When Eitan Wertheimer decided he wanted to sell ISCAR, the metal-cutting tools manufacturer his father Stef founded in 1952, there was only one person he wanted to buy it –- billionaire American investor Warren Buffett. The boss of Berkshire Hathaway is regarded as one of the world's most accomplished businessmen. He is consistently ranked among the world's wealthiest people - third in the 2010 Forbes rich list, worth an estimated $47 billion.
Mr Wertheimer, 59, says: "I spent two years researching who would be the best person to buy the business and decided that Warren Buffett was the only one. If Warren had not wanted to buy ISCAR, then I don't think we would have sold it."
Undaunted by the fact that Berkshire Hathaway had never invested in a company outside of the US, in February 2006, the Israeli sent him an email. He says: "I don't remember exactly what I wrote. It was straightforward. I told him who we were, what we did and what we wanted, and stressed that like Berkshire Hathaway, we were a business based on family values."
He later got a call from Mr Buffett.
"He said he liked the fact that we were a market and a cost leader and would I be in Omaha any time soon. I said, jokingly, that as it happened we would be passing through next Monday morning. When we met it was love at first sight. He is fascinating. So modest and humble. He has a small office - if there are more than three people in a meeting you have to bring in more chairs."
‘Warren doesn’t look for troubled businesses, he looks for good ones’
Three months later, Berkshire Hathaway acquired 80 per cent of ISCAR for $4 billion with the Wertheimers retaining the 20 per cent balance. Eitan Wertheimer stayed on as chairman.
After the deal was signed, the New York Times noted: "Wertheimer and Buffett are both low-key and folksy and delegate responsibility to the point of abdication."
Mr Wertheimer quips: "For years my CEO at ISCAR Jacob Harpaz, would ask my opinion and I would say: 'Do whatever you like, it seems to be working'. Now Warren tells me exactly the same."
He spends a lot of time traveling with Mr Buffett promoting ISCAR - so much so that some people have started calling him 'Buffett's travel agent'.
"I was recently in China with Warren, and in March we will be in Korea, Japan and India."
What is Mr Buffett really like? A guru and a teacher. "I have always loved buying troubled companies and turning them around. Warren doesn't look for troubled businesses, he looks for good ones. Then he lets the people who know how to run them continue to do so."
Eitan Wertheimer is one of Stef Wertheimer's four children. Stef, considered to be one of Israel's richest entrepreneurs, was ten when his family reached Palestine from Germany in 1937.
He dropped out of school aged 16 and after being fired by the Rafael weapons development authority in 1952 because of his lack of formal education, he set up his own business. Eitan, by his own admission, was also not particularly academic, failing to get his matriculation certificate at secondary schol.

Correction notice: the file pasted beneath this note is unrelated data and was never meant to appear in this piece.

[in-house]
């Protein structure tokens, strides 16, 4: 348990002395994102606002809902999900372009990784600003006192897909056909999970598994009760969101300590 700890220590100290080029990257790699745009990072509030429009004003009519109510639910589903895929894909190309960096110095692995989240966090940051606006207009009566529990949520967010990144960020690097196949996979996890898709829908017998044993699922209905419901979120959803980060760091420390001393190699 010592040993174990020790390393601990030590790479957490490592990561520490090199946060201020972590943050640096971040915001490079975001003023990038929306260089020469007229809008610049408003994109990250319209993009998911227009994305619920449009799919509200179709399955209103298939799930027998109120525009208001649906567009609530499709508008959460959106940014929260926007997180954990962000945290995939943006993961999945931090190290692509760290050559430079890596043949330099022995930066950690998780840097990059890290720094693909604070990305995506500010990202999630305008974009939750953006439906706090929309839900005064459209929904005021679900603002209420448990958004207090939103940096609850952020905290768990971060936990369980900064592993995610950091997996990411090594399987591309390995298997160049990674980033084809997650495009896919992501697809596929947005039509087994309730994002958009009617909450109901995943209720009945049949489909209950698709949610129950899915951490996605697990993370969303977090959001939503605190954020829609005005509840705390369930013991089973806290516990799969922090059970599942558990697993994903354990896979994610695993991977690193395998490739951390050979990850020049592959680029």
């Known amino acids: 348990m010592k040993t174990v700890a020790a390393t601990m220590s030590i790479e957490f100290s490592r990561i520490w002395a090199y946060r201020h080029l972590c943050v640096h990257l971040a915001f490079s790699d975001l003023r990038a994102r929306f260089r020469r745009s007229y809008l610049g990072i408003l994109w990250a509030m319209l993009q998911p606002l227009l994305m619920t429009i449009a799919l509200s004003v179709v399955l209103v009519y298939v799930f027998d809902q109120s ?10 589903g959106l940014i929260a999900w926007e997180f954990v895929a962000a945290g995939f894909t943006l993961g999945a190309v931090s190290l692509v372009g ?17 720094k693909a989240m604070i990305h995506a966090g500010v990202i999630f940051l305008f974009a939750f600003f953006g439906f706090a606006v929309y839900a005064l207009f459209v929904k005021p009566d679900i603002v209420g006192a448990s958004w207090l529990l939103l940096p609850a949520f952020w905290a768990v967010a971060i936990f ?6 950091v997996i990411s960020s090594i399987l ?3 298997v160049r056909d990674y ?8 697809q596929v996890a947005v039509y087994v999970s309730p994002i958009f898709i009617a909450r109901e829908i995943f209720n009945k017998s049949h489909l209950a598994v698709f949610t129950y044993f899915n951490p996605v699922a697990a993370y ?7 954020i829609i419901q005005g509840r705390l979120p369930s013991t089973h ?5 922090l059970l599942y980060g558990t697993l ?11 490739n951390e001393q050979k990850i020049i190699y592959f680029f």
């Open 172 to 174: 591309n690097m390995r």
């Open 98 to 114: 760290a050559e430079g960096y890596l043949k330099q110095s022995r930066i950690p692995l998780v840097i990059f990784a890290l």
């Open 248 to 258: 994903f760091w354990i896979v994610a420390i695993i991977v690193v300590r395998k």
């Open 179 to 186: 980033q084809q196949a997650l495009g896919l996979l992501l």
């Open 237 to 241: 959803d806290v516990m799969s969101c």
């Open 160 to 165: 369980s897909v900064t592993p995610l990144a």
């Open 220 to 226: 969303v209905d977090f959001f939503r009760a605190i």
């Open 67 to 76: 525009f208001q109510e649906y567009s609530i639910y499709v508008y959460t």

However, after successfully turning around several failing businesses, he was accepted on to a postgraduate course at Harvard Business School.
On setting up businesses that look for an early exit rather than building long term growth he says: "It's like the difference between sex and family. Of course one leads to the other and both are good but they are different commitments. One is a sprint and the other a marathon. Some products and businesses are only suitable for a sprint but the marathon is better, and I think some young Israeli entrepreneurs should consider alternatives, and might find the marathon more interesting."
ISCAR does not publish figures, but business information provider Dun & Bradstreet estimates that despite its biggest customers being financially-troubled carmakers, sales grew from $1.2 billion in 2008 to $1.4 billion in 2009.
The father-of-five says: "Our customers feel very comfortable now that we are part of Berkshire Hathaway."
While selling 80 per cent of ISCAR, the Wertheimers still retain control of their other businesses: Blades Technology, a partnership with Pratt & Whitney that makes 40 per cent of the compressor blades in the world's jets, and its subsidiary Techjet Aerofoils, a joint venture owned equally with Rolls Royce to produce aircraft rotor blades.
Mr Wertheimer devotes a lot of his time to charity, primarily through Atidim, which helps young put people from underprivileged Israeli communities into higher education. "We have helped 21,000 students through the Atidim program and 37 per cent of them went to the Technion, and 45 per cent to Ben Gurion University."
He has also set up funds for education in the Arab and Charedi sectors as well as a loan fund for small businesses in the Galilee and Negev.
"I have spoken to Warren a lot about philanthropy. He has wonderful ideas on the balance between your heart, your pocket and your mind, and how you put values and wealth together in a sensible way to make a better world."
The Wertheimers are also renowned for pioneering industrial parks in Israel's peripheral regions, such as Tefen in the Galilee where ISCAR is headquartered.
These sites are characterised by trim lawns and art sculptures rather than large factories. "Jewish mothers don't like the idea of their children working in factories which they see as dirty and messy places. So we have tried to create a cleaner environment."